Maria Stella is a registered clinical counsellor, educator, and researcher. In her private clinical practice she focuses on issues related to loss, trauma and transition. She brings insights arising from practice and a wise, caring approach to help clients cultivate inner peace and acceptance.
In addition to her private practice, Maria is an associate program director MEd in School Counselling and an associate faculty member and a clinical internship supervisor at City University. She is also a senior teacher in the Shambhala Buddhist community.
Her research interests include emotional regulation, somatic psychology, contemplative practices in health and education, and applications of mindfulness.
Ph.D., East-West Psychology, California Institute of Integral Studies, San Francisco
M.A., Consciousness Studies, University of Philosophical Research, Los Angeles
B.A., Psychology, University of British Columbia, Vancouver
CSTP, Certified Somatic Transformation Practitioner
Somatic Transformation: Healing Trauma Through and In Relationship, Dr. Sharon Stanley, Victoria
Art Therapy: Tending Psyche, Tending Soul, Dr. Judith Bertoia, Vancouver
Step to Leadership program, Psychology of Vision, Dr. Chuck Spezzano, Vancouver
Conflict Resolution Training, Justice Institute of British Columbia, New Westminster
Memberships and Affiliations
Stella, M. (2015). Befriending Death: A Mindfulness-Based Approach to Cultivating Self-Awareness in Counselling Students. Death Studies, 1-7. This article provides theoretical constructs and practical suggestions to promote self-awareness in master’s level counselling students. Firstly exploring four theoretical constructs: mindfulness, emotional regulation, death anxiety, and relationship dynamics. Then, outlining a practical learning activity on the topic of death. To download the article, click here.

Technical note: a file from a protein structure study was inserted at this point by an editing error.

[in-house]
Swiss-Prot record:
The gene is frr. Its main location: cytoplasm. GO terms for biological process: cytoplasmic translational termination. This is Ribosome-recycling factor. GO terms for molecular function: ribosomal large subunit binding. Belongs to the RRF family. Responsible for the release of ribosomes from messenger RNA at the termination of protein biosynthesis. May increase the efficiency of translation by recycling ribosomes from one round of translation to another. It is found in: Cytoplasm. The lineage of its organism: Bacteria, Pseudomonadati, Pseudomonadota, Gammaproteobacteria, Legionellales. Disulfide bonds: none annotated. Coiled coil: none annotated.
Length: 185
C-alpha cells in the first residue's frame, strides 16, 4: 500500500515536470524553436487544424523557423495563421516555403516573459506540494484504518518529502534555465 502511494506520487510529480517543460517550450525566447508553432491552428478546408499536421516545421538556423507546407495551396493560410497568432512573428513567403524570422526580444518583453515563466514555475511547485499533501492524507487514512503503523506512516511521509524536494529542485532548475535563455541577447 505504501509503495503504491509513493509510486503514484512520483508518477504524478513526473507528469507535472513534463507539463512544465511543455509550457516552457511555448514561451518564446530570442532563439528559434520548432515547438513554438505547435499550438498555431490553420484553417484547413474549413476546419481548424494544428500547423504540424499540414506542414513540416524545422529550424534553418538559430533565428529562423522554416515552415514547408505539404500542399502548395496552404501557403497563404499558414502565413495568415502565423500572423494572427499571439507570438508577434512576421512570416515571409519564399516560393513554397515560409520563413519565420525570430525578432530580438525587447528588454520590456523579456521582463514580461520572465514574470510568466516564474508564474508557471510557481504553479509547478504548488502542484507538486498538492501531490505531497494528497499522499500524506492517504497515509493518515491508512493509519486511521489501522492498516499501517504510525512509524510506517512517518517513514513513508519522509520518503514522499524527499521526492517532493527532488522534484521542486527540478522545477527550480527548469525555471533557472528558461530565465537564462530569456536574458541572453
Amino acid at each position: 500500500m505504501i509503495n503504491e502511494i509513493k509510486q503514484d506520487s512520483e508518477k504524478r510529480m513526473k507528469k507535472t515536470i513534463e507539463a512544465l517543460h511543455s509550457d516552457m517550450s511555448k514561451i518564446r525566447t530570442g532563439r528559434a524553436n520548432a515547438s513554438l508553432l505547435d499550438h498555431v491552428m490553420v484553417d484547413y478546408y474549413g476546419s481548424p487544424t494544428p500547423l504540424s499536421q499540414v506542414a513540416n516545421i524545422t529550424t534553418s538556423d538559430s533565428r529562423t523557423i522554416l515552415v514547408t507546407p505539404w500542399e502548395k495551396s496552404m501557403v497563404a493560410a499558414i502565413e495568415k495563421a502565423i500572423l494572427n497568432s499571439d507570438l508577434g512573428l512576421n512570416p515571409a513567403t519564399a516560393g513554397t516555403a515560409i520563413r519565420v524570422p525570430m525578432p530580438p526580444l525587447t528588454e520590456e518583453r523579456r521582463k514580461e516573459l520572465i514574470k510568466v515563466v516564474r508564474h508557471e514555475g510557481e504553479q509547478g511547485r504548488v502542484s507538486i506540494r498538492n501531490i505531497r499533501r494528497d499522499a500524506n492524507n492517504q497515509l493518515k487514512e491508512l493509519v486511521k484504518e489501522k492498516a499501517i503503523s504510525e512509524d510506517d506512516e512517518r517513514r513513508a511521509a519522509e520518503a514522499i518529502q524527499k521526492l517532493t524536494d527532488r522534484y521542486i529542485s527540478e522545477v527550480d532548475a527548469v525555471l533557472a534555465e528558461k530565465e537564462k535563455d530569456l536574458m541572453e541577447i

This article combines research data and professional experience in exploring the importance of counsellor presence in therapy and provides suggestions for practical application and further exploration.
It explores the power and the value of therapeutic presence in client-therapist relationships. It is my desire to increase awareness of the concept, practice and research on therapeutic presence research, and to develop further ideas to improve a therapists’ quality of presence. To download the article, click here.
This book investigates the theory, practice, and transformative benefits of a Shambhala Buddhist approach to working with afflictive emotions. A PhD dissertation, it uses a descriptive phenomenology research method in a contemplative psychology frame. Available through:
Barnes & Noble
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